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There is a lot of controversy about what dark matter is, but couldn't some of the missing matter be contained in black holes? Once matter is in a black hole, it cannot be seen or measured, so it's unaccountable.

Once matter is in a black hole, it cannot be seen, but it's not really true to say that its effect cannot be measured. Black holes still exert a gravitational influence due to their mass, just like every other massive object in the Universe. This is how we actually discover and measure the mass of black holes: by watching their effect on the matter around them. For instance, the supermassive black hole at the center of the Milky Way galaxy is so strong gravitationally that the stars very near it orbit at a very, very high rate. Using this and the equations that describe the orbits of these stars, we can actually estimate the mass of the black hole.

We know that dark matter exists in galaxies because the rotation curve is flat at large distances from the center of the galaxy. A "rotation curve" is simply what it sounds like: a graph of how fast the "stuff" in a galaxy is rotating as a function of distance from the center. Gravity predicts that V = sqrt (GM/R). The "M" means all the mass that is interior to the radius R.

A rotation curve is flat when the velocity is constant. If you look at this equation, this means that M/R must also be constant. So that means that as we go farther and farther out in a galaxy, the mass is growing (a LOT) even though the starlight is falling off dramatically. There needs to be some matter that we don't see. A host of other cosmological observations also imply the existence of dark matter, and amazingly, they predict about the same amount!

What's important to realize about this is that our studies of dark matter don't just tell us that "it's out there somewhere"; when we study a galaxy, we learn something about the total distribution of matter within it. This means that we know the dark matter surrounds galaxies and is not a central object, like a black hole, within galaxies.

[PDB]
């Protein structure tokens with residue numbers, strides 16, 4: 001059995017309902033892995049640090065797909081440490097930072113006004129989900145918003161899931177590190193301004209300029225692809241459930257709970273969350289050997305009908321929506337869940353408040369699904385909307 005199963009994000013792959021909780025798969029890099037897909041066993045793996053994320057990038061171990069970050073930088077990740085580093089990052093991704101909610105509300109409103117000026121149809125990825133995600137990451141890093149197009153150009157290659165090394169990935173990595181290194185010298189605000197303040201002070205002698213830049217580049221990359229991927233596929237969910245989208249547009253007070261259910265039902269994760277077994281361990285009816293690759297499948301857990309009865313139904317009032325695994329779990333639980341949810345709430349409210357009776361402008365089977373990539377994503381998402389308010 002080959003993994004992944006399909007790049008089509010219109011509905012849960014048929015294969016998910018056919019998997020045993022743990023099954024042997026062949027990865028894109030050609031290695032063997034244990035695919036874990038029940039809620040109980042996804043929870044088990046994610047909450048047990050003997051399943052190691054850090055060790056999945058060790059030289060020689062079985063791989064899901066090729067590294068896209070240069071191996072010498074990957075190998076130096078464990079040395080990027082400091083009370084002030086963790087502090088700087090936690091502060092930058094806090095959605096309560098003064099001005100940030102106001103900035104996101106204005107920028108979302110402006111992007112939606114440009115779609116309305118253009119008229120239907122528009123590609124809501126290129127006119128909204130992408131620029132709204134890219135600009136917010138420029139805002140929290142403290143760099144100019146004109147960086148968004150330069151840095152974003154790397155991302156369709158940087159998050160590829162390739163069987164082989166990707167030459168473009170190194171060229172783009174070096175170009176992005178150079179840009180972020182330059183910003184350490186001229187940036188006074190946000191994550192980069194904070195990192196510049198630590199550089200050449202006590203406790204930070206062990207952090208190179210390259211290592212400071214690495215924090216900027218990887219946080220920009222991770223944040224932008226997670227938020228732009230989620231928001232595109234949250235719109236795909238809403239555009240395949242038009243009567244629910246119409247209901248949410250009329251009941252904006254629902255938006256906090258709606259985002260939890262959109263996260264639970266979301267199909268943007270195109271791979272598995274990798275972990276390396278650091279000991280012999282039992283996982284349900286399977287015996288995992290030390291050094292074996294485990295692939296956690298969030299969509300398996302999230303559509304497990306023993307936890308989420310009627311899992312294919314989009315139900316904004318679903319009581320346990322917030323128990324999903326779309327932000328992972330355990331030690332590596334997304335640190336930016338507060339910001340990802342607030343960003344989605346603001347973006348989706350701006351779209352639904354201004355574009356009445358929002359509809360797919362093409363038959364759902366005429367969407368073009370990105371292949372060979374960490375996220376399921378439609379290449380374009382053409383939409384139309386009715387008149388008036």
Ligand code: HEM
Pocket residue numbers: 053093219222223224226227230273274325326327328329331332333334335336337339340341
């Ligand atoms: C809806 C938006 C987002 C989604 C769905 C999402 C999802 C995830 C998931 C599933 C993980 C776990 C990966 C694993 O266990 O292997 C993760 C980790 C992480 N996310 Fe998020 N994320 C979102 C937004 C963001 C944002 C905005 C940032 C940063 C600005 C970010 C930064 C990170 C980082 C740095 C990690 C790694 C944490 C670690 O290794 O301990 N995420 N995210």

The problem with your idea is that black holes are nothing that special, gravitationally: they're just accretions of matter. They are centralized in the middle of the galaxy, and according to the laws of gravity, they can't pull very hard on stuff far out at the edge of a galaxy.

Edit by Michael Lam on September 14, 2015: Since black holes have mass, one hypothesis for dark matter was that it was made up of lots of massive astrophysical compact halo objects, or MACHOs. These would be compact objects that do not emit electromagnetically, such as black holes, dead (non-spinning) neutron stars, or old and cold white dwarfs (sometimes called black dwarfs). If lots of these objects existed in the right distribution in the halos of galaxies, it could explain the observed rotation curves. However, gravitationa microlensing observations have mostly ruled out the possibilty of MACHOs as the explanation for dark matter. The current leading dark matter candidate are known as weakly interacting massive particles (WIMPs).

This page was last updated on September 14, 2015.

### About the Author

#### Ann Martin

Ann finished her PhD at Cornell in May 2011, and has been a Curious volunteer since 2006. For her dissertation, she studied the distribution of hydrogen-rich galaxies in the nearby Universe using data from the Arecibo Observatory. Since then, she has been working on science education and public outreach projects for NASA Langley Research Center in Hampton, VA.

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